Cape Town. 070912. South African citizen Lena Henkeman who recently discoverd that she was married to a stranger from Holland after she went to the Home Affairs . Picture Leon lestrade. Story Fatima Schroeder.

Cape Town - It’s a predicament many fear: your ID book disappears and, next thing you know, you’re married to a complete stranger who lives in another country.

And that’s reality for 60-year-old Lena Henkeman, of Tafelsig, who discovered in 2010 that Home Affairs department records have her married to Gerrit Kant from The Netherlands – since 1997 – even though she met him only once.

In a further twist in Henkeman’s case, now before the Western Cape High Court, it has emerged that Kant was involved with Henkeman’s late cousin. And, also in 1997, the cousin asked Henkeman to marry Kant so that he could obtain permanent SA citizenship – a request she refused.

At around the same time, her ID book disappeared.

And today she finds herself in the middle of a legal bid to have the marriage annulled.

Henkeman, who obtained free legal assistance from a city law firm, said in an affidavit that she divorced her first husband in 1991 and, in terms of the divorce order, their Tafelsig home was transferred into her name.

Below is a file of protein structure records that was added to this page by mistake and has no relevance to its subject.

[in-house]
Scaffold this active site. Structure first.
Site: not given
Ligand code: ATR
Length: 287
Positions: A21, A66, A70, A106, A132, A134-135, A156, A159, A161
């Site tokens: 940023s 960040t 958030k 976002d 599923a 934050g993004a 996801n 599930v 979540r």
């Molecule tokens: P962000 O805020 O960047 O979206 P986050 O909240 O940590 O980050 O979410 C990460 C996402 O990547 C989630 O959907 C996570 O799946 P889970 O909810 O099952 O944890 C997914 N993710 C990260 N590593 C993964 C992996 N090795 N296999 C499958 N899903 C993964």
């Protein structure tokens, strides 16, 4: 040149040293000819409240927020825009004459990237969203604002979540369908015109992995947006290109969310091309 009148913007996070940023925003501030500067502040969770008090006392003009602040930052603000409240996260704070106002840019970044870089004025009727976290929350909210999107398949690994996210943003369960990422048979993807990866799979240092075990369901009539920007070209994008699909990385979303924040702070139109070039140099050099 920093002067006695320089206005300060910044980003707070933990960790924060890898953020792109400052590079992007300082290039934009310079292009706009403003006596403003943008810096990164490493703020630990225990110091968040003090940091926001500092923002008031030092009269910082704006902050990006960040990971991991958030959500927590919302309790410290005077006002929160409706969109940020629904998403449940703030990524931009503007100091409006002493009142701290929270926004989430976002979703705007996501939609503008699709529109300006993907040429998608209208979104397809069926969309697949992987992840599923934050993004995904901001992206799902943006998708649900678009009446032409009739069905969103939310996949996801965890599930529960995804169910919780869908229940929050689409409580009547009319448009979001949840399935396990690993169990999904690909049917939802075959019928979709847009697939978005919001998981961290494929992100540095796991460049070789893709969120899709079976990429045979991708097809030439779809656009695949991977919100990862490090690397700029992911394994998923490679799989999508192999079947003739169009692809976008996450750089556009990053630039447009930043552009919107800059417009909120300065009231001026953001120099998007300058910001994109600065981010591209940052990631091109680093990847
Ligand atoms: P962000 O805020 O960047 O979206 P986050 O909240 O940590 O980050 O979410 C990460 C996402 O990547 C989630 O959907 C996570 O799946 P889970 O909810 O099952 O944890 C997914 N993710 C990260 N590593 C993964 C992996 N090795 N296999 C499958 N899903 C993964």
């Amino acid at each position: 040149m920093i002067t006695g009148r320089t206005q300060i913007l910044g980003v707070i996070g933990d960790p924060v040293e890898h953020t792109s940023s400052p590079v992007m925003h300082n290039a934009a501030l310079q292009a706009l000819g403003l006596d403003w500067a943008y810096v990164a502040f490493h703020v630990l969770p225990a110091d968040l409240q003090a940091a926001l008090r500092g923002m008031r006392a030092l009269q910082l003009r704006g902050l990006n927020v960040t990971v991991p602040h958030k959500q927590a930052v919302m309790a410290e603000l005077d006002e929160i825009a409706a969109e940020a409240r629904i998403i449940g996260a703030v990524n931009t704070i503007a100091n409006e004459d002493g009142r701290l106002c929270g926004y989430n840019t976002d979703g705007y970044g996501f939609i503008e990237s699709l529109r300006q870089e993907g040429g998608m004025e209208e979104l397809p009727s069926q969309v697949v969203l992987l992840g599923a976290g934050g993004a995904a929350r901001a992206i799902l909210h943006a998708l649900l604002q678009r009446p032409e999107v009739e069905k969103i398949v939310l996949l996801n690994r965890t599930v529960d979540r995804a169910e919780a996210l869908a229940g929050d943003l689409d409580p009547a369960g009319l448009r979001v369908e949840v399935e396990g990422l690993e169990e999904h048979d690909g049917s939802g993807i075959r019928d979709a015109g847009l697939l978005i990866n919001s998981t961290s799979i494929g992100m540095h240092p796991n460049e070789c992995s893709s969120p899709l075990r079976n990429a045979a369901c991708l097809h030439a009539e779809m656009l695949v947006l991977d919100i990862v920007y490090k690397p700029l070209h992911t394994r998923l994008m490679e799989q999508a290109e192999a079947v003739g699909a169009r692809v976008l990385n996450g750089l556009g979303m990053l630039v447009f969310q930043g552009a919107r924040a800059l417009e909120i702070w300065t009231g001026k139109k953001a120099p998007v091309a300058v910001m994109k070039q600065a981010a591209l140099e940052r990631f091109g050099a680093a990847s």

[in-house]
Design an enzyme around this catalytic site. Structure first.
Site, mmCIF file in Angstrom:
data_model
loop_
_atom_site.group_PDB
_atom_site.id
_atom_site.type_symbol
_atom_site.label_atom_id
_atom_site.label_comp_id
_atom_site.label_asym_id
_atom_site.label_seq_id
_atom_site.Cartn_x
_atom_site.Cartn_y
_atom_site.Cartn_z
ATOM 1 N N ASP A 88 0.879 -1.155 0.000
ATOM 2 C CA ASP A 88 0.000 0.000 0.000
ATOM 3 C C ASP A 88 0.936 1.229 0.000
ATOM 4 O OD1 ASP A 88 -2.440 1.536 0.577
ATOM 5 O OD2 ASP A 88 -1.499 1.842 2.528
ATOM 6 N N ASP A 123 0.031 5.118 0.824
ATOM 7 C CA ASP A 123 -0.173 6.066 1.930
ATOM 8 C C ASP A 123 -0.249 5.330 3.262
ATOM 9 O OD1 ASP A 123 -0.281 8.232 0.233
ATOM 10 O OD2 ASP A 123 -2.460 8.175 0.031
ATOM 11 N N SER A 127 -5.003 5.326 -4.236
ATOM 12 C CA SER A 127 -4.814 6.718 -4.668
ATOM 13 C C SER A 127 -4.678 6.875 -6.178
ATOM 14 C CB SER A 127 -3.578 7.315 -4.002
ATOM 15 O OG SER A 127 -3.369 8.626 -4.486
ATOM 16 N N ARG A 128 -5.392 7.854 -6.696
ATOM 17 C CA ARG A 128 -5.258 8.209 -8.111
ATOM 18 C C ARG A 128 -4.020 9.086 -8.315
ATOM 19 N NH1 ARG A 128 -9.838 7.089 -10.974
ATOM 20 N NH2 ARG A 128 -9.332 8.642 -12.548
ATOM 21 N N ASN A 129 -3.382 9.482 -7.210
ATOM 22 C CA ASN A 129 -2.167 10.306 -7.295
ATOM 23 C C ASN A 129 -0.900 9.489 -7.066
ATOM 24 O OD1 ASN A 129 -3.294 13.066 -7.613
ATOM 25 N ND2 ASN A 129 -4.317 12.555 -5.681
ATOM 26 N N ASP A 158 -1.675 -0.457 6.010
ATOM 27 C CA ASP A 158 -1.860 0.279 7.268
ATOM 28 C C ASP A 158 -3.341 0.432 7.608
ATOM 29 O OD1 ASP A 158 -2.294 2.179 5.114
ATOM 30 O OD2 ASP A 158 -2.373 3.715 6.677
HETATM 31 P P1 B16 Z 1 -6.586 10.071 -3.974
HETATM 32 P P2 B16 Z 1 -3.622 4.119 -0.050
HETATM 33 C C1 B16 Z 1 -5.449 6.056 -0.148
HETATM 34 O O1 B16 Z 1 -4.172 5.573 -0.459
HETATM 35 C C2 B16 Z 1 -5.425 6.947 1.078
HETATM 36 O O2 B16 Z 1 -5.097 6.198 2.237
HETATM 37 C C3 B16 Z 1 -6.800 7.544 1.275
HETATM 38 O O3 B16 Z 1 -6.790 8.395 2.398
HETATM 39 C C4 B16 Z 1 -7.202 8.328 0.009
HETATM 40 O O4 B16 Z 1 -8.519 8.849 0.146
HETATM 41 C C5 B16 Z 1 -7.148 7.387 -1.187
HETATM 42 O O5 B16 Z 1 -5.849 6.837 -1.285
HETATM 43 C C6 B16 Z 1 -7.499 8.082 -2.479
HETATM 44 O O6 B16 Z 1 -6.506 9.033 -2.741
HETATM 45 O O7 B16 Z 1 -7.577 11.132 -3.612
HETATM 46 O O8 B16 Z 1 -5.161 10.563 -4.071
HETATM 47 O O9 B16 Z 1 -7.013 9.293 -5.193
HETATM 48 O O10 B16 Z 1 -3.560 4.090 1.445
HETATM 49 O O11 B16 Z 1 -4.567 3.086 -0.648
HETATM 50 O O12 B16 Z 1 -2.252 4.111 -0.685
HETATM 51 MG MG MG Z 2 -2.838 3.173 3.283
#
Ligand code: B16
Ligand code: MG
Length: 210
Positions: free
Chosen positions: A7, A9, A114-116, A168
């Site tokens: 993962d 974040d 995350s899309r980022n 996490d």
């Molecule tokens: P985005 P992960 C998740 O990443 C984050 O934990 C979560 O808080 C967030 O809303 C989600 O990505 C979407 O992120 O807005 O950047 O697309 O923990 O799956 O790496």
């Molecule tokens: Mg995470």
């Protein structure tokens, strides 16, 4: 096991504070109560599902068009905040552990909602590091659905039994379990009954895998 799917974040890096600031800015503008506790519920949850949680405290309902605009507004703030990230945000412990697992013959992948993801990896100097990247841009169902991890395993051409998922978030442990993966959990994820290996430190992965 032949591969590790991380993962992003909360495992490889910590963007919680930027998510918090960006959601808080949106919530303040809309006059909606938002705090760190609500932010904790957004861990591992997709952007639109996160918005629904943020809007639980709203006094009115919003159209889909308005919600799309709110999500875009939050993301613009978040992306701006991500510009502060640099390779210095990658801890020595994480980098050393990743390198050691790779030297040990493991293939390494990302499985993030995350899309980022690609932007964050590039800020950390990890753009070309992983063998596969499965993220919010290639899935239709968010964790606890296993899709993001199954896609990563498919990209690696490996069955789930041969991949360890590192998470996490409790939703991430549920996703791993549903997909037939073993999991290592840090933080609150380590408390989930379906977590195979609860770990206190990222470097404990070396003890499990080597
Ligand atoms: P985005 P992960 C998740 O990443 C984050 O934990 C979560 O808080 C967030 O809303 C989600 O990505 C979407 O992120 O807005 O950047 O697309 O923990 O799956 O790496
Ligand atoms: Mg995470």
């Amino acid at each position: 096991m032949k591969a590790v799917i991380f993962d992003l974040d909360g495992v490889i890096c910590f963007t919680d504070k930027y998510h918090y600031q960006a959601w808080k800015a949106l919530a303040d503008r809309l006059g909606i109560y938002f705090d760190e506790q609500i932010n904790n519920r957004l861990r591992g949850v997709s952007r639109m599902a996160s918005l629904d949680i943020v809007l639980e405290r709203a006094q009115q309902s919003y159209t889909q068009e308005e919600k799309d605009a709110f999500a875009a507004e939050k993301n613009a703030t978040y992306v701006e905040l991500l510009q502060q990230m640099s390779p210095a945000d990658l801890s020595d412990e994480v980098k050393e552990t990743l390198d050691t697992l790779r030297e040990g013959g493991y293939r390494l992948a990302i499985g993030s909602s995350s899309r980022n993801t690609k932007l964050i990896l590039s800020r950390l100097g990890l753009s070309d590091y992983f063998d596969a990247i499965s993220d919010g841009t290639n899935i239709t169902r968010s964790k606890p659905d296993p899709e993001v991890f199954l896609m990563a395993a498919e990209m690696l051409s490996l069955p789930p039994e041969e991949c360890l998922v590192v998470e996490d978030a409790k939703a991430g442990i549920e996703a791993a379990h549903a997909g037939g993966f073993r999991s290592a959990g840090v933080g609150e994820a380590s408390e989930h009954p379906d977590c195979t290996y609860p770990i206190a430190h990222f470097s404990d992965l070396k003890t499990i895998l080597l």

It was only 19 years later, in 2010, that she went to the housing office in the CBD to make the necessary arrangements for the transfer. There, to her “utter shock and disbelief”, an official told her she was married to Kant.


She obtained a copy of the marriage certificate, which reflected they were married in Mitchells Plain on March 15, 1997.

The marriage officer was identified only as HM Brown, of the International Pentecostal Evangelical Mission.

Henkeman said the church no longer existed.

“I had absolutely no knowledge that I was married to the man. As a result of the marriage I am being prejudiced as it affects my status,” she said in the affidavit.

Henkeman has been unable to trace Kant’s whereabouts.

The deeds registry does not have any records for him, and tracing agents were unable to find him, she said.

All she knew was that he lived in both Holland and Windhoek.

“I have no way of contacting Mr Kant, and no relatives or friends have been able to provide me with any assistance,” she added.

She said the marriage took place without her knowledge or consent, and was therefore fraudulent.

The application to have the marriage annulled is expected to be heard on Friday.

Henkeman told Weekend Argus she never knew Kant, even though her cousin had introduced her to him once.


She said she cried when she found out that she was married to him.


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Weekend Argus